- get free health exams;
- learn more about your health;
- take a more active role in your own health care;
- have your health watched closely;
- receive some medications at no cost to you; and help answer research questions that may mean better health for people in the future.
What are the risks of taking part in a clinical trial?
There are risks to you when you take part in a clinical trial. The study doctors and coordinators will watch you carefully for any changes in your health. You are always free to leave the study. The risks will vary depending on the kind of trial you join. Here are some possible risks.
- You may have side effects (health problems) from taking a new medicine or getting a new procedure that is being tested. There may be side effects that are unexpected. Usually you will need to give blood samples. Some people find that process uncomfortable.
- The visits for the clinical trial may be frequent and time consuming.
The therapy you receive may not be effective or you may be assigned to a placebo group
How do I know if I have been given all the information I need about taking part in a clinical trial?
When beginning any study the doctor, or investigator, must ask approval from an Institutional Review Board (IRB). The IRB is a committee of doctors and other medical personnel that have no ties to the study. The IRB makes sure the study is as safe as possible and that the “informed consent” explains all of the important information to the patient.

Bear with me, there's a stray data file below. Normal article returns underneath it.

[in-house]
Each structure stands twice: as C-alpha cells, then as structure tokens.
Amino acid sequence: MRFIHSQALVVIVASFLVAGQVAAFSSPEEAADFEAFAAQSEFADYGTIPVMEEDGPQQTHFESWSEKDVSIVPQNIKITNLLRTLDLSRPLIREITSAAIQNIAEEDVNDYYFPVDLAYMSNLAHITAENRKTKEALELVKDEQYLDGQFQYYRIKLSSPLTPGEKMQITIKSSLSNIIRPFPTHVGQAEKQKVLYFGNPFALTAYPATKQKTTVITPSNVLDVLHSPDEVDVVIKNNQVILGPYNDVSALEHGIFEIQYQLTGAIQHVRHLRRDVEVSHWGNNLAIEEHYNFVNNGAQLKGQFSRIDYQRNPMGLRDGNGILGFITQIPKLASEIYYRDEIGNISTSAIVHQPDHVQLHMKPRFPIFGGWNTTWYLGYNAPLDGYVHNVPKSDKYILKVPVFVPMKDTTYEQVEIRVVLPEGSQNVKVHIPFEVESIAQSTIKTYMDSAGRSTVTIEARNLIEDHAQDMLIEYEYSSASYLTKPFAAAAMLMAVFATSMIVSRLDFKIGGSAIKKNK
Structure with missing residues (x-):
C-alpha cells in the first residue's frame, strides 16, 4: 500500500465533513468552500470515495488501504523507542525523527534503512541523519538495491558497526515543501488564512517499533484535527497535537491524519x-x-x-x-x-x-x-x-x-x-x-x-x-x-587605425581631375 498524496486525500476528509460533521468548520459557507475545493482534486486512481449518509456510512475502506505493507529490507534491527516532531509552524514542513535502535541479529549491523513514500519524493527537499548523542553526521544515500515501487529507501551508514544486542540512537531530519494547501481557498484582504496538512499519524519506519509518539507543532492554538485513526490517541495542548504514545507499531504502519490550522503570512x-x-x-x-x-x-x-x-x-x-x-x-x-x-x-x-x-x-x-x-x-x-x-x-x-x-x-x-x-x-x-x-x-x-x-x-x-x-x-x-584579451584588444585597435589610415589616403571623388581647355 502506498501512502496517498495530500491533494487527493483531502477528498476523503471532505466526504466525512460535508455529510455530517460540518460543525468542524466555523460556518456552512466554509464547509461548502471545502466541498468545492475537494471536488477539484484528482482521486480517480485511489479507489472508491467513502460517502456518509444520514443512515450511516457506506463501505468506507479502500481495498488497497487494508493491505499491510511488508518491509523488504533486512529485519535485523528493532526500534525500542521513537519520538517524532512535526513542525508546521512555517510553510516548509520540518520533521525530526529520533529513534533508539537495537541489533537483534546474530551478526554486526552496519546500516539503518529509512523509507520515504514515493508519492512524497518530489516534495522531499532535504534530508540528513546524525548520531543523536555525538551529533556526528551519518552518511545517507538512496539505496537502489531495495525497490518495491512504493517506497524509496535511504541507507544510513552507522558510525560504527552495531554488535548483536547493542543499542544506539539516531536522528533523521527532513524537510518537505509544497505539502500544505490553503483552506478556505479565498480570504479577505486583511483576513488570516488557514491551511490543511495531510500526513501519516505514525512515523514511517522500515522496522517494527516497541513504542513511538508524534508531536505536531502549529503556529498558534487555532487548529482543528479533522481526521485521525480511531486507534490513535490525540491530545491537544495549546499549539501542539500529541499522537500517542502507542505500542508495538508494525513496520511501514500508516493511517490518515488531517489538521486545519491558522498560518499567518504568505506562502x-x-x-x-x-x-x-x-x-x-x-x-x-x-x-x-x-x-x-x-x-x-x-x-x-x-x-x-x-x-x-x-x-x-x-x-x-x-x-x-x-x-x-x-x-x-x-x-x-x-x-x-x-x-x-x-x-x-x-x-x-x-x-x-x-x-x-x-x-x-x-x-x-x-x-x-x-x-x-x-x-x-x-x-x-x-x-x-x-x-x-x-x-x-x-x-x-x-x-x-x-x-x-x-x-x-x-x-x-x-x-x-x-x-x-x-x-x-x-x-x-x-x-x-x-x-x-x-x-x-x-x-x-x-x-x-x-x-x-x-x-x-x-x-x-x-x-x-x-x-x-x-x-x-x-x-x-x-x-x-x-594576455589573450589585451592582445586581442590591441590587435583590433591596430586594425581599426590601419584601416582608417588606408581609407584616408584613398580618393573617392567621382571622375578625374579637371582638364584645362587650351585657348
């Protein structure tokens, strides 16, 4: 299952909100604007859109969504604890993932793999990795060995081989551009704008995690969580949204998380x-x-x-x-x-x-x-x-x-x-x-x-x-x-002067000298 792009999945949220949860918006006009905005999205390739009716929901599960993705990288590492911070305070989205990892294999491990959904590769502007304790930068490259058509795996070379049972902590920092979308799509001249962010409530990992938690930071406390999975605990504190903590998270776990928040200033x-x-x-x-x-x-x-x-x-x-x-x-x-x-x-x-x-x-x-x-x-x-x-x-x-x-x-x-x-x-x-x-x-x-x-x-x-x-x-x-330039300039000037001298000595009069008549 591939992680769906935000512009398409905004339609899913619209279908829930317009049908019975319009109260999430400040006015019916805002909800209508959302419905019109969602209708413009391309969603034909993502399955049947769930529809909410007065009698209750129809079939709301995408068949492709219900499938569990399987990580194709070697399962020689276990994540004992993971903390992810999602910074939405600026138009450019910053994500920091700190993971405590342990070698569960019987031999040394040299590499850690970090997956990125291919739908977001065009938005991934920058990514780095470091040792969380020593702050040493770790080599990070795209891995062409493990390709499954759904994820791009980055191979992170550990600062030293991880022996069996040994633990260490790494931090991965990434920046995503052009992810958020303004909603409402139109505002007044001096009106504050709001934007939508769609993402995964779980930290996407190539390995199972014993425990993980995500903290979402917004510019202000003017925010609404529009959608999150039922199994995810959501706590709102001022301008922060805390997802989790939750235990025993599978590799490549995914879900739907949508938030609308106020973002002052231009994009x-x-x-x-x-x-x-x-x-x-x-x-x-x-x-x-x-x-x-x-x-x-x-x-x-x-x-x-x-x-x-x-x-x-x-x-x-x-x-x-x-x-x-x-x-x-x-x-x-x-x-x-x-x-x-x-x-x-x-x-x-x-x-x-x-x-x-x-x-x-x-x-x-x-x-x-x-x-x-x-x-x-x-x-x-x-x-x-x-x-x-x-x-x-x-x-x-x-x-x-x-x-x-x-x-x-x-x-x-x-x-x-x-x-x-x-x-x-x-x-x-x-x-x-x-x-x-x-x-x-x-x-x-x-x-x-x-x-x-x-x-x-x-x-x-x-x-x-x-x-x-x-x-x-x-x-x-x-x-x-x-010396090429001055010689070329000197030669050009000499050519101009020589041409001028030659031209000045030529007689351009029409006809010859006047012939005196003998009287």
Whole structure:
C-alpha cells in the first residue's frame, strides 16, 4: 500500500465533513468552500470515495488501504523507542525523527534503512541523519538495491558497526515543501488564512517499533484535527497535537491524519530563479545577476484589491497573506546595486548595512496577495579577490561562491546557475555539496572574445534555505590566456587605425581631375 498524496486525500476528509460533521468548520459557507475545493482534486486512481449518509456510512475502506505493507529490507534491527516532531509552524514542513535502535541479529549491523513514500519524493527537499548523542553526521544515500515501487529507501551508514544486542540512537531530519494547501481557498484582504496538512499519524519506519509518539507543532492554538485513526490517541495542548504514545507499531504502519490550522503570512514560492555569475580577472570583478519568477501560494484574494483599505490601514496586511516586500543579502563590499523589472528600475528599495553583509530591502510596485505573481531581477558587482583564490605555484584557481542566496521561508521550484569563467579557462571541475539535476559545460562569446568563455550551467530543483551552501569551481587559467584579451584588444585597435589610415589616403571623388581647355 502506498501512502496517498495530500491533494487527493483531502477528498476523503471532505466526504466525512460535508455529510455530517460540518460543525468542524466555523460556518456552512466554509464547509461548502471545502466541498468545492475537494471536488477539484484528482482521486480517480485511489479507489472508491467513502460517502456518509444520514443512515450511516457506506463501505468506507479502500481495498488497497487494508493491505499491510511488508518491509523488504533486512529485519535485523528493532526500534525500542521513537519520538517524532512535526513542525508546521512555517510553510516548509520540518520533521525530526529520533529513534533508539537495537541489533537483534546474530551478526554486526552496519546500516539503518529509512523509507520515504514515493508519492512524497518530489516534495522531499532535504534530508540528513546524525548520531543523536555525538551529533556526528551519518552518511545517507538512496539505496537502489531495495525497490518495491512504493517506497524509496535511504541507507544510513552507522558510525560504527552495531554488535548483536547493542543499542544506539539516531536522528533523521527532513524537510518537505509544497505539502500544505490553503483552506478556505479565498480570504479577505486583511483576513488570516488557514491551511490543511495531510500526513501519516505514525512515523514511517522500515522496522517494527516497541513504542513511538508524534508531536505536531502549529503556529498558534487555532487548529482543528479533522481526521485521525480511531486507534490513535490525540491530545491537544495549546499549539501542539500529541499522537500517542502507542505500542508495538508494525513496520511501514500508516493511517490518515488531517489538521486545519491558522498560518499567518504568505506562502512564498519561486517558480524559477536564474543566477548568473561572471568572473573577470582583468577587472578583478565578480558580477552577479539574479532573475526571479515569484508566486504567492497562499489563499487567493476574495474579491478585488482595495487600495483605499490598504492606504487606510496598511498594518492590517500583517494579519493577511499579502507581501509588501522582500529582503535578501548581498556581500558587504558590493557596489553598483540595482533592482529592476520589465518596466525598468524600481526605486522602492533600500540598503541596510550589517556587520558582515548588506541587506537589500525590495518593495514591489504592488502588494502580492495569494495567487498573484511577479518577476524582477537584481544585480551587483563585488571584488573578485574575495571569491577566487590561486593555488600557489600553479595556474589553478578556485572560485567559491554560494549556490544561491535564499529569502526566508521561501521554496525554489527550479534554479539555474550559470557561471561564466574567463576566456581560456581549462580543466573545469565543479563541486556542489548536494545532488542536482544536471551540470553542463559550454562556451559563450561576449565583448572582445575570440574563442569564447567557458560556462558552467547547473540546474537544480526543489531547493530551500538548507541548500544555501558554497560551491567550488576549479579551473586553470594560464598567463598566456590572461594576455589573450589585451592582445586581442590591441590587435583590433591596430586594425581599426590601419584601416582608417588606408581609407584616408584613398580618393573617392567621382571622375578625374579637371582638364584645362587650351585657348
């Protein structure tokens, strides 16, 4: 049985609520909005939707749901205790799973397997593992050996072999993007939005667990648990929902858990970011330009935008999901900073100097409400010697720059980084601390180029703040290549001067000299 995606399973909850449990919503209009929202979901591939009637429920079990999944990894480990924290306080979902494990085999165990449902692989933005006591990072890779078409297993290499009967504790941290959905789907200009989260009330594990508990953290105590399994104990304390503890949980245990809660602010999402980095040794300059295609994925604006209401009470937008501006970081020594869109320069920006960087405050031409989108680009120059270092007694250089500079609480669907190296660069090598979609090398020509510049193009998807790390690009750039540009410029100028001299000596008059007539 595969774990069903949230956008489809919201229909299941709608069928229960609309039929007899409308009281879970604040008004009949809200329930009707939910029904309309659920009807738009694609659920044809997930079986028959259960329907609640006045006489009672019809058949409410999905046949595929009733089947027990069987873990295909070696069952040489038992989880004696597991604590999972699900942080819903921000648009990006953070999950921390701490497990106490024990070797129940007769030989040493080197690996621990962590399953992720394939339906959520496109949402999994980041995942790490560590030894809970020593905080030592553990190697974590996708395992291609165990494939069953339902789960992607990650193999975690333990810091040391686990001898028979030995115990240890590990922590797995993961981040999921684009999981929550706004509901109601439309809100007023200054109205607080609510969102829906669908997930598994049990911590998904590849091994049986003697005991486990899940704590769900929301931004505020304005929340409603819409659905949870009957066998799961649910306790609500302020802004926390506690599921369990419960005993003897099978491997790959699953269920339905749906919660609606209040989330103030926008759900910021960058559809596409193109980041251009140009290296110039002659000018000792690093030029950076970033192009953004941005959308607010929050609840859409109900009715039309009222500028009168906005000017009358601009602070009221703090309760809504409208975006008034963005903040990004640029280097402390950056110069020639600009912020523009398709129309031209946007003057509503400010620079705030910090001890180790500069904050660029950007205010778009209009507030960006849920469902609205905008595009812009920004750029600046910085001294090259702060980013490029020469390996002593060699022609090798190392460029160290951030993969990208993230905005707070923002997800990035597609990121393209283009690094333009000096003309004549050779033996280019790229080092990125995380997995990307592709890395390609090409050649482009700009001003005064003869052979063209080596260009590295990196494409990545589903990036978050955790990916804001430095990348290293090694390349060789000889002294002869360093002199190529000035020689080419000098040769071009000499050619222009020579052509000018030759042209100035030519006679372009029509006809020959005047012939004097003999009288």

Before people join a clinical trial, they go through something called the “informed consent process”. This process means that you are given written information that tells you about the purpose of the study; risks and benefits of being in the study; and what will happen to you in the study. You will be given an informed consent form, which you will need to read over very carefully. Take the form home and share it with family members, friends, and your primary care doctor. Once you have read the form, ask questions about words or procedures that you don’t understand.
Another part of the informed consent process is that you can ask questions about the study at any time. It is your right to have all the information you need to make your decision about whether or not to take part in a clinical trial. Don’t let anyone pressure you into taking part in a clinical trial. The choice is yours.